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The Unanticipated Transformations of California’s New Law in 2023

The Ramifications of SB 483 and the 2023 Updates to the First Step Act

What is the new law in California for inmates in 2023?

new law

In the continuous pursuit of criminal justice reform, California has enacted a new law in 2023 that seeks to rectify some of the state’s most punitive sentencing enhancements.

Although it has drawn controversy due to fears that it could lead to the early release of some of the state’s worst offenders, the purpose of this law is to provide a fairer and more equitable justice system.

Did SB 483 pass in California?

Yes, Senate Bill 483 (SB 483) passed in California and went into effect on January 1, 2022​. This legislation is part of a broader movement in the state to roll back some of the harsher sentencing enhancements that have kept individuals incarcerated for extended periods.

SB 483 aims to shorten sentences by reassessing those with enhancements under sections 11370.2 or 667.5(b), extending relief to a larger group

June 2023 test

Unlike other recent amendments, SB 483 goes a step further by declaring qualifying enhancements under Section 11370.2 and 667.5(b) to be “legally invalid,” meaning that judges and prosecutors cannot prevent a defendant from having a resentencing hearing​​.

What is the First Step Act 2023?

prison

While the First Step Act was originally passed in 2018, it continues to evolve and has seen significant updates in 2023. The Bureau of Prisons (BOP) has released a policy implementing changes to how time credits are calculated.

These updates allow inmates to see potential Federal Time Credits (FTCs) they may earn over the course of their sentence. Inmates can now earn credit while in administrative detention or in the community, as long as they continue to participate in available programming and comply with all rules and procedures of pre-release custody​​.

What is the 3 strikes law in California 2023?

The three strikes law in California is one of the state’s most controversial sentencing policies. As of my last update in September 2021, the law mandates a life sentence for certain repeat offenders with multiple serious or violent felony convictions.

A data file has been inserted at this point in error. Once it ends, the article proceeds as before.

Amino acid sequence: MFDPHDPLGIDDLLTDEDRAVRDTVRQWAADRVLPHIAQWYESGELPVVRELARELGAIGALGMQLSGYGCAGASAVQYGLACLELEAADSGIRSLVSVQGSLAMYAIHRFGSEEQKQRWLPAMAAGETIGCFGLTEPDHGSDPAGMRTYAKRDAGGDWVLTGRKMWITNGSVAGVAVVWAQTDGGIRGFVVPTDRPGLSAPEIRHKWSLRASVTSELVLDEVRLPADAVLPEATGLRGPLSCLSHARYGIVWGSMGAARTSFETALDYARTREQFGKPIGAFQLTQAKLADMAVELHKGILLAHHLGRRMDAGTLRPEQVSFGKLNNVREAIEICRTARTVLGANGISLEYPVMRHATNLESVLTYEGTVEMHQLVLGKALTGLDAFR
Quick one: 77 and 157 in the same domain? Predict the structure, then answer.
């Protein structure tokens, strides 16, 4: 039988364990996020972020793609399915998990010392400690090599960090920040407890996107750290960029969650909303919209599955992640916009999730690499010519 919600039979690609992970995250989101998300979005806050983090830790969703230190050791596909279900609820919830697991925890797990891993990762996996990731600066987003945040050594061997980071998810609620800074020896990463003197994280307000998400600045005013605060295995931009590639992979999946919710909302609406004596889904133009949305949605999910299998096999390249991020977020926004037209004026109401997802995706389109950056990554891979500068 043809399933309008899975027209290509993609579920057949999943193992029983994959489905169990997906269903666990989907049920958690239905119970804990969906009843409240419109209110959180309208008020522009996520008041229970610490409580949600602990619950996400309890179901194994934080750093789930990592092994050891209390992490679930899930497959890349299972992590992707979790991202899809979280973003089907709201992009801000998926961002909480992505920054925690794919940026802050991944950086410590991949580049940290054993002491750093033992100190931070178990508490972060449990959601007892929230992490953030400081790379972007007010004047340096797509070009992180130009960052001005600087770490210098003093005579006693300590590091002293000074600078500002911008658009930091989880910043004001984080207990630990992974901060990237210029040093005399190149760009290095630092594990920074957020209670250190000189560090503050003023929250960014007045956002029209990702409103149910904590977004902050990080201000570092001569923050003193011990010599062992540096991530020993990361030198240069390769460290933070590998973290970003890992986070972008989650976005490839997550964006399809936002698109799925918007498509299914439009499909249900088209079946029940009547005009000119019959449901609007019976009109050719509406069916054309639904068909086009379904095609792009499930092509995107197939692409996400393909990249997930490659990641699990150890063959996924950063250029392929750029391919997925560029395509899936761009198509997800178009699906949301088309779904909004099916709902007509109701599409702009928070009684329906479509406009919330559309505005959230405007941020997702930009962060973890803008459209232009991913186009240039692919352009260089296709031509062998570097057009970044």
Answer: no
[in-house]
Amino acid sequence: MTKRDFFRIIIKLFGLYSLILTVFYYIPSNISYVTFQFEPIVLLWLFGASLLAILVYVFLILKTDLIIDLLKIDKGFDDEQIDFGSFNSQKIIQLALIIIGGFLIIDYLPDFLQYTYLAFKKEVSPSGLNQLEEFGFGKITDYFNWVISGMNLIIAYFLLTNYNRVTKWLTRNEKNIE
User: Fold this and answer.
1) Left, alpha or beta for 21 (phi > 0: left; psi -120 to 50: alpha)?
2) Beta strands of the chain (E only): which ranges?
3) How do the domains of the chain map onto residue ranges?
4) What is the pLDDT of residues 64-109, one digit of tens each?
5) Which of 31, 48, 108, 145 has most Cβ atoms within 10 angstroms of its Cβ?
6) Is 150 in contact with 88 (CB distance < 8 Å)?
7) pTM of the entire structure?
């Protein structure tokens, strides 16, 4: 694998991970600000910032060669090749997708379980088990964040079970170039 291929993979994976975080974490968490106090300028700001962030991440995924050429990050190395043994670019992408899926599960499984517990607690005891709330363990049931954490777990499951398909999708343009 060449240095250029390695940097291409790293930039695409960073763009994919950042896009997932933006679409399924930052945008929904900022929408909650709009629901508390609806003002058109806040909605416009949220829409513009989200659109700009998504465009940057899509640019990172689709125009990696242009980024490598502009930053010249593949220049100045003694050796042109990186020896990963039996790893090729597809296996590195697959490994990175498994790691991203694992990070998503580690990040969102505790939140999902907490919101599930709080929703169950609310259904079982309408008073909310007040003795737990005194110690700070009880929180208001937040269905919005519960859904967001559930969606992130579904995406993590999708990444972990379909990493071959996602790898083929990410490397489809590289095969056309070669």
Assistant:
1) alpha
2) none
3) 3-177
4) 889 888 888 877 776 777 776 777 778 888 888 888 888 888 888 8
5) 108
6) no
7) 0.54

Unfortunately, I was unable to find current 2023 information on this law, but if you want me to dig a little deeper just let me know in the comments below.

What does it mean for California’s future?

barbed wire

The passage of SB 483 and the updates to the First Step Act represent a shift in California’s approach to criminal justice. By reducing the impact of sentencing enhancements and giving inmates more opportunities to earn time credits, these changes could lead to shorter sentences for many individuals.

These changes are part of a larger trend toward a more rehabilitative, rather than punitive, approach to criminal justice. They could lead to lower prison populations, reduced costs for taxpayers, and better opportunities for reintegration for those who have served their time.

Do other states plan on doing this?

Criminal justice reform is a national conversation, and many states are observing California’s legislative changes closely. However, the specifics of policy reform can vary greatly from state to state, reflecting the unique political, social, and economic contexts of each jurisdiction.

As such, it’s likely that other states may adopt similar reforms, but the exact nature of those changes will depend on a variety of factors.

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